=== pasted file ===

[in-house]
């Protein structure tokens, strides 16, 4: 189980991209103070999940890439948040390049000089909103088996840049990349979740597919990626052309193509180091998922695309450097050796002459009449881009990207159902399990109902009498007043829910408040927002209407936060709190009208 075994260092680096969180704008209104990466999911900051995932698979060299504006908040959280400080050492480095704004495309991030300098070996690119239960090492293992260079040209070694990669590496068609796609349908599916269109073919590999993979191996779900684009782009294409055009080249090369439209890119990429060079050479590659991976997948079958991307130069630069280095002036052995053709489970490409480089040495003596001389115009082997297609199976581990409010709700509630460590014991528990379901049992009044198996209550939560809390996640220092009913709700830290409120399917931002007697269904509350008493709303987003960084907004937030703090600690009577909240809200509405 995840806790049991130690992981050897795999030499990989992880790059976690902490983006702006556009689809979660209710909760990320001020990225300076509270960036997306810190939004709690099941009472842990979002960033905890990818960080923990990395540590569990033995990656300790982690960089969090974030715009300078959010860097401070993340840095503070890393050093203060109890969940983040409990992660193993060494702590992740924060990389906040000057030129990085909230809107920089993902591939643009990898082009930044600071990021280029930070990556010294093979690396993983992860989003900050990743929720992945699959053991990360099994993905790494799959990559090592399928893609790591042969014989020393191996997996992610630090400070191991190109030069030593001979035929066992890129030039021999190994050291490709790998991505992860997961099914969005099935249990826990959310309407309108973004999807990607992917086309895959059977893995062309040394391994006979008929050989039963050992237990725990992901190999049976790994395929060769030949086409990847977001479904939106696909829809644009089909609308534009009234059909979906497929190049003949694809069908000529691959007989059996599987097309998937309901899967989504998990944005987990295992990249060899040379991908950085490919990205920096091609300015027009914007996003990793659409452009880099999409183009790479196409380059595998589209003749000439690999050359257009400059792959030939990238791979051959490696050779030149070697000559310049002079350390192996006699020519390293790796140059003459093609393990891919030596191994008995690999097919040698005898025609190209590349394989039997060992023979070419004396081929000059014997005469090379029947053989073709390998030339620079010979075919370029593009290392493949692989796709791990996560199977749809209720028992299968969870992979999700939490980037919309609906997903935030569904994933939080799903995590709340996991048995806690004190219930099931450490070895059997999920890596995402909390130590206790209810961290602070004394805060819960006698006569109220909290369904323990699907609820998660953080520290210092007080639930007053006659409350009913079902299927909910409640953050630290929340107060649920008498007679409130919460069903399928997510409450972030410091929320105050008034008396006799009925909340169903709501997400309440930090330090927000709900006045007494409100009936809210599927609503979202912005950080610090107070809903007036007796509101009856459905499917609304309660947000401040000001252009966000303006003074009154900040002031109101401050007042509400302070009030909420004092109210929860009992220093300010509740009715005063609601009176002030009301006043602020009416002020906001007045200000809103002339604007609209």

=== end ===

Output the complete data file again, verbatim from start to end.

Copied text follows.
[in-house]
């Protein structure tokens, strides 16, 4: 189980991209103070999940890439948040390049000089909103088996840049990349979740597919990626052309193509180091998922695309450097050796002459009449881009990207159902399990109902009498007043829910408040927002209407936060709190009208 075994260092680096969180704008209104990466999911900051995932698979060299504006908040959280400080050492480095704004495309991030300098070996690119239960090492293992260079040209070694990669590496068609796609349908599916269109073919590999993979191996779900684009782009294409055009080249090369439209890119990429060079050479590659991976997948079958991307130069630069280095002036052995053709489970490409480089040495003596001389115009082997297609199976581990409010709700509630460590014991528990379901049992009044198996209550939560809390996640220092009913709700830290409120399917931002007697269904509350008493709303987003960084907004937030703090600690009577909240809200509405 995840806790049991130690992981050897795999030499990989992880790059976690902490983006702006556009689809979660209710909760990320001020990225300076509270960036997306810190939004709690099941009472842990979002960033905890990818960080923990990395540590569990033995990656300790982690960089969090974030715009300078959010860097401070993340840095503070890393050093203060109890969940983040409990992660193993060494702590992740924060990389906040000057030129990085909230809107920089993902591939643009990898082009930044600071990021280029930070990556010294093979690396993983992860989003900050990743929720992945699959053991990360099994993905790494799959990559090592399928893609790591042969014989020393191996997996992610630090400070191991190109030069030593001979035929066992890129030039021999190994050291490709790998991505992860997961099914969005099935249990826990959310309407309108973004999807990607992917086309895959059977893995062309040394391994006979008929050989039963050992237990725990992901190999049976790994395929060769030949086409990847977001479904939106696909829809644009089909609308534009009234059909979906497929190049003949694809069908000529691959007989059996599987097309998937309901899967989504998990944005987990295992990249060899040379991908950085490919990205920096091609300015027009914007996003990793659409452009880099999409183009790479196409380059595998589209003749000439690999050359257009400059792959030939990238791979051959490696050779030149070697000559310049002079350390192996006699020519390293790796140059003459093609393990891919030596191994008995690999097919040698005898025609190209590349394989039997060992023979070419004396081929000059014997005469090379029947053989073709390998030339620079010979075919370029593009290392493949692989796709791990996560199977749809209720028992299968969870992979999700939490980037919309609906997903935030569904994933939080799903995590709340996991048995806690004190219930099931450490070895059997999920890596995402909390130590206790209810961290602070004394805060819960006698006569109220909290369904323990699907609820998660953080520290210092007080639930007053006659409350009913079902299927909910409640953050630290929340107060649920008498007679409130919460069903399928997510409450972030410091929320105050008034008396006799009925909340169903709501997400309440930090330090927000709900006045007494409100009936809210599927609503979202912005950080610090107070809903007036007796509101009856459905499917609304309660947000401040000001252009966000303006003074009154900040002031109101401050007042509400302070009030909420004092109210929860009992220093300010509740009715005063609601009176002030009301006043602020009416002020906001007045200000809103002339604007609209």